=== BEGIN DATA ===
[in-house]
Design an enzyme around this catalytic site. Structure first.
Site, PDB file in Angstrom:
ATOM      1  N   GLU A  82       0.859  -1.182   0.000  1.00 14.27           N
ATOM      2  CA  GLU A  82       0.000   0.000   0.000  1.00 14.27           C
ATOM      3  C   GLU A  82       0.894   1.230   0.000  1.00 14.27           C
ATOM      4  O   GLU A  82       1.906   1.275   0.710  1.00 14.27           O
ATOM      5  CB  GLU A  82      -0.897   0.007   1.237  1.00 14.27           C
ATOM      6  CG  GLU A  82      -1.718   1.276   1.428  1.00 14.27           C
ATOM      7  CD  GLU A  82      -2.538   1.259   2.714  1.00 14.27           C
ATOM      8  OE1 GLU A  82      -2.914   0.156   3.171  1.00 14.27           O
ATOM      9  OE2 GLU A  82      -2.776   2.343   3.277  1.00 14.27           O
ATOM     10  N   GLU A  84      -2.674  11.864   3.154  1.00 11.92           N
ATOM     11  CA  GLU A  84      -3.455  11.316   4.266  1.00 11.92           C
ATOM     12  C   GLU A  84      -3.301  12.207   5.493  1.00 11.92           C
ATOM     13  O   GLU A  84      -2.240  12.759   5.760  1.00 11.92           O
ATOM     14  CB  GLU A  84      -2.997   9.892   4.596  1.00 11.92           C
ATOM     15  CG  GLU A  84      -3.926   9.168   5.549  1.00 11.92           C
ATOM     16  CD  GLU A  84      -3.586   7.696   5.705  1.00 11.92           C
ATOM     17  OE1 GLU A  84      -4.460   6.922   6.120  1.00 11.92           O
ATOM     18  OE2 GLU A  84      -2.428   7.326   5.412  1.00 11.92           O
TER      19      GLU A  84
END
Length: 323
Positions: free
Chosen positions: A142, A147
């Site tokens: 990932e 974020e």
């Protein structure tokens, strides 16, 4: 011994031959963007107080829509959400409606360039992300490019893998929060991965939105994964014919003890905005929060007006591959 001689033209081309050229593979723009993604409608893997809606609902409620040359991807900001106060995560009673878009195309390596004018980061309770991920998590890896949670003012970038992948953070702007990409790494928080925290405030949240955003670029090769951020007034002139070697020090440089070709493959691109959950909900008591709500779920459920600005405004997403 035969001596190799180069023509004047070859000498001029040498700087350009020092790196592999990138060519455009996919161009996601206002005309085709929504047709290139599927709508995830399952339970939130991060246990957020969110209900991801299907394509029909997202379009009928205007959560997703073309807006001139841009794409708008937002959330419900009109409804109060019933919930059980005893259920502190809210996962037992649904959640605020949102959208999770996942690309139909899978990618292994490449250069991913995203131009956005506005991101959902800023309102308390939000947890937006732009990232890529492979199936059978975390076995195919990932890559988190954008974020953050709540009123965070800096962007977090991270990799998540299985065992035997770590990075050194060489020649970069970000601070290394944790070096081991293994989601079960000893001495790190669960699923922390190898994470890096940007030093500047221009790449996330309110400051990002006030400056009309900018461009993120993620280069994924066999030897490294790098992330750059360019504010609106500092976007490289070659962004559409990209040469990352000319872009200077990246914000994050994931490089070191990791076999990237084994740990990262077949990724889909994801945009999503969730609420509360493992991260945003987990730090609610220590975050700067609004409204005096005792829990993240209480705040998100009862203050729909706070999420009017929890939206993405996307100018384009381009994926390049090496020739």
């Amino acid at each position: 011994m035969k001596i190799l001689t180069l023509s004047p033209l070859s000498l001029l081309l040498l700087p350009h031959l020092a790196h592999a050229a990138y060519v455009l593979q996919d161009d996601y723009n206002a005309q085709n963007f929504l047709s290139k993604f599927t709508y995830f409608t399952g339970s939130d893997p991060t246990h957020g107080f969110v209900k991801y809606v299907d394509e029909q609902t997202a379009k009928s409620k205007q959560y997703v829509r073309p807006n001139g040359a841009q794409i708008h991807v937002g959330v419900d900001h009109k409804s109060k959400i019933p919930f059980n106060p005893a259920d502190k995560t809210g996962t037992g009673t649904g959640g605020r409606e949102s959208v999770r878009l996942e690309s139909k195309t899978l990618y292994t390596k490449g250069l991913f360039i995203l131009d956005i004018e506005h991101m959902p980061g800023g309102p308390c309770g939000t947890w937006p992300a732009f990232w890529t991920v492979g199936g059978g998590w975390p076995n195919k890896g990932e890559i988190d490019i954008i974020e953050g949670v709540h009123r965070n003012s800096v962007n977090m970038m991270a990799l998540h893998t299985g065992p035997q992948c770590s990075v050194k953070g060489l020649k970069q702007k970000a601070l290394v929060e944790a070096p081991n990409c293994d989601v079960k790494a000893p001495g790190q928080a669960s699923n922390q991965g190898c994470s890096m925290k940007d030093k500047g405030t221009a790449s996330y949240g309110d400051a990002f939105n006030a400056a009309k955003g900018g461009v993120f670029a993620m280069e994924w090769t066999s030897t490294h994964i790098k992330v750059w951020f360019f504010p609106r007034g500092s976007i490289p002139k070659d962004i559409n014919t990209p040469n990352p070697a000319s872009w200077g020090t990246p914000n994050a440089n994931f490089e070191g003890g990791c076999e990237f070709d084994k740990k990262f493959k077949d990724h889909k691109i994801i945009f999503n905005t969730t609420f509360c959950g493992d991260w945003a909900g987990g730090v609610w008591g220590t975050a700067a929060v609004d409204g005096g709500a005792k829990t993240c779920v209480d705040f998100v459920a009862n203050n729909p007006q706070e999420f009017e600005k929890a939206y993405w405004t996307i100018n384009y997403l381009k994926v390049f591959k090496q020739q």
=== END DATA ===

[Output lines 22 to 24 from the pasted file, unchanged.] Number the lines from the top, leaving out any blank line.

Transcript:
TER      19      GLU A  84
END
Length: 323